Journal of physical activity & health (J Phys Activ Health)

Publisher: Human Kinetics

Journal description

The Journal of Physical Activity and Health (JPAH) publishes original research and review papers examining the relationship between physical activity and health, studying physical activity as an exposure as well as an outcome. As an exposure, the journal publishes articles examining how physical activity influences all aspects of health. As an outcome, the journal invites papers that examine the behavioral, community, and environmental interventions that may affect physical activity on an individual and/or population basis. The JPAH is an interdisciplinary journal published for researchers in fields of chronic disease (e.g., cancer, heart disease, mental health, weight control, neurologic deficits, etc.) where physical activity may play a role in prevention, treatment, or rehabilitation.

Current impact factor: 1.95

Impact Factor Rankings

Additional details

5-year impact 0.00
Cited half-life 3.30
Immediacy index 0.44
Eigenfactor 0.01
Article influence 0.00
Website Journal of Physical Activity and Health website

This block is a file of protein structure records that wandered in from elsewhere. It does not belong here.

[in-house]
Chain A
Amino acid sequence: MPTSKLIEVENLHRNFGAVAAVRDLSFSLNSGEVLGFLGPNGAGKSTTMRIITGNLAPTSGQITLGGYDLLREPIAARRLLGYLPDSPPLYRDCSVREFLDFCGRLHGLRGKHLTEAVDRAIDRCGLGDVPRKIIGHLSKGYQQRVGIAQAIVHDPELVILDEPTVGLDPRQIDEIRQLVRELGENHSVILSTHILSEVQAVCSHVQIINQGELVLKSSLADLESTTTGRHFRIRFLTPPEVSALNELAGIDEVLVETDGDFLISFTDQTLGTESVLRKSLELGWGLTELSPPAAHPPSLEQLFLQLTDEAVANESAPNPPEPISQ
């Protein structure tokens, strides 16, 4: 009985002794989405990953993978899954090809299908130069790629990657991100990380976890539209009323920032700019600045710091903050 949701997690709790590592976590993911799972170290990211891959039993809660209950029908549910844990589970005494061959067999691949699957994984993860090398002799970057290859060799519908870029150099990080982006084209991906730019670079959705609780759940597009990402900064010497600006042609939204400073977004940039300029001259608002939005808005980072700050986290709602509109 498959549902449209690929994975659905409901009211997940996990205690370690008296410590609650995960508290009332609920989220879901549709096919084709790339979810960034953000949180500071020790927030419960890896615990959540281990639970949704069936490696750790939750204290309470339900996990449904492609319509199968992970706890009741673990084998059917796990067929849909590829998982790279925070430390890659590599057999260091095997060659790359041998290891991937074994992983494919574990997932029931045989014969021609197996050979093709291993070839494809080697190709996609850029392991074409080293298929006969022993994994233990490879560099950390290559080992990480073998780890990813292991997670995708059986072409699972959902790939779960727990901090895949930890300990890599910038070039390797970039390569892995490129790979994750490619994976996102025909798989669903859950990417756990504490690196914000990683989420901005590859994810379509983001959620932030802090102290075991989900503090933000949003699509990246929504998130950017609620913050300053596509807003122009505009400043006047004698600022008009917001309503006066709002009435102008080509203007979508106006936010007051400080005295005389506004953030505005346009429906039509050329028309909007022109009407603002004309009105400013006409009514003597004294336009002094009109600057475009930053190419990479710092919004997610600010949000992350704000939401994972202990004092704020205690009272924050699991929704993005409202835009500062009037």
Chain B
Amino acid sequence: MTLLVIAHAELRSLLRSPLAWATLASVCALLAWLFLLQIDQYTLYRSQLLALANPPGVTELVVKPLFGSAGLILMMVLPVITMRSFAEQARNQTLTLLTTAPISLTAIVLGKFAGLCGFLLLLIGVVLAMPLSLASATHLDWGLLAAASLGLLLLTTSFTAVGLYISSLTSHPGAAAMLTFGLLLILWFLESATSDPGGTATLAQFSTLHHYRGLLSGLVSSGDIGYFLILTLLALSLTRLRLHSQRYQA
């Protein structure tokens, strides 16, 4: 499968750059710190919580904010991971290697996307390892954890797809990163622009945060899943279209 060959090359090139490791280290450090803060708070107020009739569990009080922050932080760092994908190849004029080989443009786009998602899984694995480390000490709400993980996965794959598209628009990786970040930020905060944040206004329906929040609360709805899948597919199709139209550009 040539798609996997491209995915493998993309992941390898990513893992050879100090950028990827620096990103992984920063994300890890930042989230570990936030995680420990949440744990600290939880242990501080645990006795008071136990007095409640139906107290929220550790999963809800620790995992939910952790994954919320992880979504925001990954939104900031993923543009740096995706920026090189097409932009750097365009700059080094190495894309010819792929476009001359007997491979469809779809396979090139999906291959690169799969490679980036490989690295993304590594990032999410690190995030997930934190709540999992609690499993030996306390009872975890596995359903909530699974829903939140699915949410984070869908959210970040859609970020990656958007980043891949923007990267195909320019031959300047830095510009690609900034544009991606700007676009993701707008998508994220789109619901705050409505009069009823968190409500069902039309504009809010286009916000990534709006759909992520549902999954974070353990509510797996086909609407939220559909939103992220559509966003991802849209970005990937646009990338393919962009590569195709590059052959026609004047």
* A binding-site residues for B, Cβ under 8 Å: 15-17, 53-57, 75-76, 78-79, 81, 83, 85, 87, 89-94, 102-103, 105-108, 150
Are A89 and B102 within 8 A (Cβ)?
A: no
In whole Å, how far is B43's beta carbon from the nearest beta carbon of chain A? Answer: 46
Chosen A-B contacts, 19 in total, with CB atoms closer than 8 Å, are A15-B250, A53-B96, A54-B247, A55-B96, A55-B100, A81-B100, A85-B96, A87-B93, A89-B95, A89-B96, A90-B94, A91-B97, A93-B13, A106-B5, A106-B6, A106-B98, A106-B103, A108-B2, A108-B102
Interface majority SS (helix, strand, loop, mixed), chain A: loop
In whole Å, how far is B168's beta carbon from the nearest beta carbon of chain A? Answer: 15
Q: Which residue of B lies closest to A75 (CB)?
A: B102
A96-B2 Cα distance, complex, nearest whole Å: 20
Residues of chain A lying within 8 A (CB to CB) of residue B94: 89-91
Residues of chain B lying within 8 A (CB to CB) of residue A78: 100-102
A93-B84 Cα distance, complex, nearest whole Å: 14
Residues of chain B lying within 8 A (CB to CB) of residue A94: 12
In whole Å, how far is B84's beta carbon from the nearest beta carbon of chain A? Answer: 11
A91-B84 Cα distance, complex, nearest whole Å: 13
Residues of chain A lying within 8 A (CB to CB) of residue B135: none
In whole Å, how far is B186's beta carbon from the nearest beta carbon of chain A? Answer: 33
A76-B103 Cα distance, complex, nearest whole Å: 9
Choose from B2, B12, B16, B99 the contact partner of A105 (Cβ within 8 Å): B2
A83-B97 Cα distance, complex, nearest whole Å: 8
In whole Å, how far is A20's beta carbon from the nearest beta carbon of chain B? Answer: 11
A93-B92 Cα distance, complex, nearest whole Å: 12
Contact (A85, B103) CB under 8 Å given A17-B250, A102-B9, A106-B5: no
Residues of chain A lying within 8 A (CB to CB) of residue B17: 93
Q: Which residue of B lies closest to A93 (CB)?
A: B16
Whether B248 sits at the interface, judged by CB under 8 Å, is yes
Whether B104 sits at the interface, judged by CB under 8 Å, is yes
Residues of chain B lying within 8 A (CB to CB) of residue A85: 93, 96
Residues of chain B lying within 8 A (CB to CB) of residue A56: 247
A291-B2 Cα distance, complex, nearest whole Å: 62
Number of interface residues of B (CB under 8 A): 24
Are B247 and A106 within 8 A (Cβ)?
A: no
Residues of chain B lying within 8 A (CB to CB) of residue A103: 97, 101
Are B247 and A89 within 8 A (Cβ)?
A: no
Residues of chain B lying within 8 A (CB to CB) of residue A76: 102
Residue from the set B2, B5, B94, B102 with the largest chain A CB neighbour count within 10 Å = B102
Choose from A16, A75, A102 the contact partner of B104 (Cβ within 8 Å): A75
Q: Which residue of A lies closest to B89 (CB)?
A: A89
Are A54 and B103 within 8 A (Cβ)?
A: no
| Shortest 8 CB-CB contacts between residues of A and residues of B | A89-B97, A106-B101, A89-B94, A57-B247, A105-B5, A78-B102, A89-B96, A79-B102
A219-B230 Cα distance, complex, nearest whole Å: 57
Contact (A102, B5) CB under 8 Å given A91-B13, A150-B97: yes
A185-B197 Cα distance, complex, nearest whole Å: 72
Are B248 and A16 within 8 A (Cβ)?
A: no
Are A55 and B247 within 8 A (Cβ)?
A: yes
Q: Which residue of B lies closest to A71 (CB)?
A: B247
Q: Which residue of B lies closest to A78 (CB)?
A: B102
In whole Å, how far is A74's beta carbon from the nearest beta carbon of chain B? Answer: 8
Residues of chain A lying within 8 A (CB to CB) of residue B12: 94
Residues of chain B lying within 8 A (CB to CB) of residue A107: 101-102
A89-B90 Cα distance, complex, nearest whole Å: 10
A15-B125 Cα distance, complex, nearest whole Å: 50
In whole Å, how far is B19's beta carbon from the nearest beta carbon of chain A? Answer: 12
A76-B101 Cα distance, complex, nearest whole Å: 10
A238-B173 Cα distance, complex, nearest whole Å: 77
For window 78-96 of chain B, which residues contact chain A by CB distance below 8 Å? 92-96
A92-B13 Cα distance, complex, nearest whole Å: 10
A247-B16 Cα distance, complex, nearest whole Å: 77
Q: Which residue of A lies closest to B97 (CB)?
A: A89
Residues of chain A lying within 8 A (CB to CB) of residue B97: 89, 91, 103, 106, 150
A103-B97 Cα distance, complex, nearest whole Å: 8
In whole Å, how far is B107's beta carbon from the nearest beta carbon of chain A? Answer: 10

Other titles Journal of physical activity & health, Journal of physical activity and health, JPAH
ISSN 1543-3080
OCLC 51531702
Material type Periodical, Internet resource
Document type Journal / Magazine / Newspaper, Internet Resource

Publisher details

Human Kinetics

  • Pre-print
    • Archiving status unclear
  • Post-print
    • Author can archive a post-print version
  • Conditions
    • Author's post-print only (in PDF or other image capture format)
    • On the author's personal website(s) or institutional repository
    • Publisher's version/PDF cannot be used
    • Publisher copyright and source must be acknowledged
    • Must link to publisher version
    • Set statement to accompany deposit "as accepted for publication"
    • Publisher last contacted on 05/12/2013
  • Classification
    ​ blue

Publications in this journal

  • Journal of physical activity & health 06/2015; 12(6 Suppl 1):S1-S2. DOI:10.1123/jpah.2015-0309
  • Journal of physical activity & health 04/2015; 12(4):588-594. DOI:10.1123/jpah.2013-0236